Additionally, Safilo’s globally produced POP materials are now Forest Stewardship Council-certified. And, the company has also started to renew its company car fleet in favor of Toyota and Lexus hybrid vehicles to contribute to the reduction of carbon dioxide emissions. —K.A.R.


Bausch + Lomb’s celebrated ONE by ONE Recycling program, a partnership with TerraCycle, offers consumers and practices free recycling of its contact lenses and blister packs.

For more eco efforts by contact lens makers around the world, check out EB’s Facebook page in April: .


More than 80% of consumers said it was “important or extremely important” for companies to design environmentally friendly products, according to a 2019 study by Accenture. The eyewear industry delivers in spades on this front, with a wealth of on-trend, sustainable eyewear options. Here, we curate nine of our favorites.


1 Dragon Eyewear from Marchon Eyewear recently debuted its new Upcycled sun and optical collection—each frame is injection-molded from five recycled plastic water bottles. Dragon also uses a plant-based resin material made from castor bean oil for the balance of its products.

2 The EOE Regrind collection from EOE Eyewear collaborates with industry partners to collect old, discarded glasses, grinding the plastic parts to fine pieces to create a new raw material, which is used to create an upcycled sustainable eyewear assortment, including Laponia (pictured).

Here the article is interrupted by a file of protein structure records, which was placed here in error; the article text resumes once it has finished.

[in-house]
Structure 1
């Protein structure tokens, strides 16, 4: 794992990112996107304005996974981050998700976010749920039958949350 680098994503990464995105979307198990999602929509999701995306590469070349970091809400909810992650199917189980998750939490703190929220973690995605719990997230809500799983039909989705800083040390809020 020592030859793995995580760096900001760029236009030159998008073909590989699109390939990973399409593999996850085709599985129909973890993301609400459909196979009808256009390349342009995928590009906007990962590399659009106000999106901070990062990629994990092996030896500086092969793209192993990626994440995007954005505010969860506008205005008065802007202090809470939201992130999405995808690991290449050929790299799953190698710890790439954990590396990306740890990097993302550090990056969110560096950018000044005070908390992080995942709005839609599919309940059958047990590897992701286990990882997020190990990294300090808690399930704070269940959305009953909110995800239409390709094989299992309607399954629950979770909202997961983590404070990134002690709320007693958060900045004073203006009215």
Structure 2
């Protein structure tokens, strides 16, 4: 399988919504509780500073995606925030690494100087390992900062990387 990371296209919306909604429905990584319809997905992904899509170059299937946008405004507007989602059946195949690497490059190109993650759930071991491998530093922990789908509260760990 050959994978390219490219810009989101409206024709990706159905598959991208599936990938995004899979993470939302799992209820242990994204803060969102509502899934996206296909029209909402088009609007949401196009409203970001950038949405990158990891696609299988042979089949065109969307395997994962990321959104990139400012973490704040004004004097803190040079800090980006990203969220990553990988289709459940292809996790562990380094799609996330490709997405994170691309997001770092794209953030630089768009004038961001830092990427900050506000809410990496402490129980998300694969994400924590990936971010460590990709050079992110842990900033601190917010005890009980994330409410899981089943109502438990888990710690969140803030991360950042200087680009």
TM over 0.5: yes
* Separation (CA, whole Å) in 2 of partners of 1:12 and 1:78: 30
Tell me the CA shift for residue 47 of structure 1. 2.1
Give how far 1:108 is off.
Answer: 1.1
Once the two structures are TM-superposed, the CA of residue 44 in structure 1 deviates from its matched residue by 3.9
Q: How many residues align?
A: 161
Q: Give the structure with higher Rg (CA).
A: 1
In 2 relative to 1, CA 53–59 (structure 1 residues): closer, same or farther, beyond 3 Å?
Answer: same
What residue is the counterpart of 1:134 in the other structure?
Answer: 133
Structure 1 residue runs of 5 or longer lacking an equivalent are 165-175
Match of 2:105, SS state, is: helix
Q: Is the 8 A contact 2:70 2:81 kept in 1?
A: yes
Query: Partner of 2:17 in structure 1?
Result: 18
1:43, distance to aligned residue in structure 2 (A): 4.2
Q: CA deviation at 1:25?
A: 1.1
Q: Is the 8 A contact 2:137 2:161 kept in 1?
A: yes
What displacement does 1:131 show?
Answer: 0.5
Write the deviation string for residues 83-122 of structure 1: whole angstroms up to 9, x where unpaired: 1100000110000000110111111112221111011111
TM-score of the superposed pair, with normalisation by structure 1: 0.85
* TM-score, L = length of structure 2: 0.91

3 The neubau natural3D collection from Silhouette, which utilizes a material extracted from the seeds of the castor oil plant, consists of 3D-printed frames named after well-known environmental activists: Greta, Bill (pictured), David, and Erin.

4 The Police x Lewis Hamilton collection from De Rigo REM (including style SPLA26, pictured) incorporates Mazzucchelli’s M49 bio-acetate, which is 100% biodegradable and recyclable. M49 is derived from natural, renewable sources like fibers from wood and cotton seeds.

5 In addition to using plant-based acetate, Barton Perreira’s cleaning cloths are made of recycled PET bottles. The latest release, which is REACH compliant and GRS certified, features Los Angeles-based artist Sage Vaughn’s iconic, street art-inspired butterfly work.

6 Timberland Eyewear’s aptly named Earthkeepers assortment from Marcolin features styles made of at least 35% bio-based materials derived from renewable resources, including the TB1681, pictured—and foldable cases crafted of 70% recycled materials.

7 The new Post Malone x Arnette Tattoo collection from Luxottica, including pictured style AN4265, features sustainable bio-plastic frames and eco-friendly packaging, appealing to individuals who respect the earth and trendsetting accessories.

8 To celebrate the 50th anniversary of Earth Day, Smith reveals the Lowdown 2 CO.RE sunglasses from Safilo, made entirely from recycled plastic bottles (aside from the stainless steel barrel hinges), with polarized lenses made from the brand’s castor-oil based Evolve material.

9 Thema Optical has partnered with TerraCycle, utilizing its surplus eyewear production materials, such as excess acetate, so that it can be processed into sheets and used to make new products, such as one very green, eco-conscious picnic table.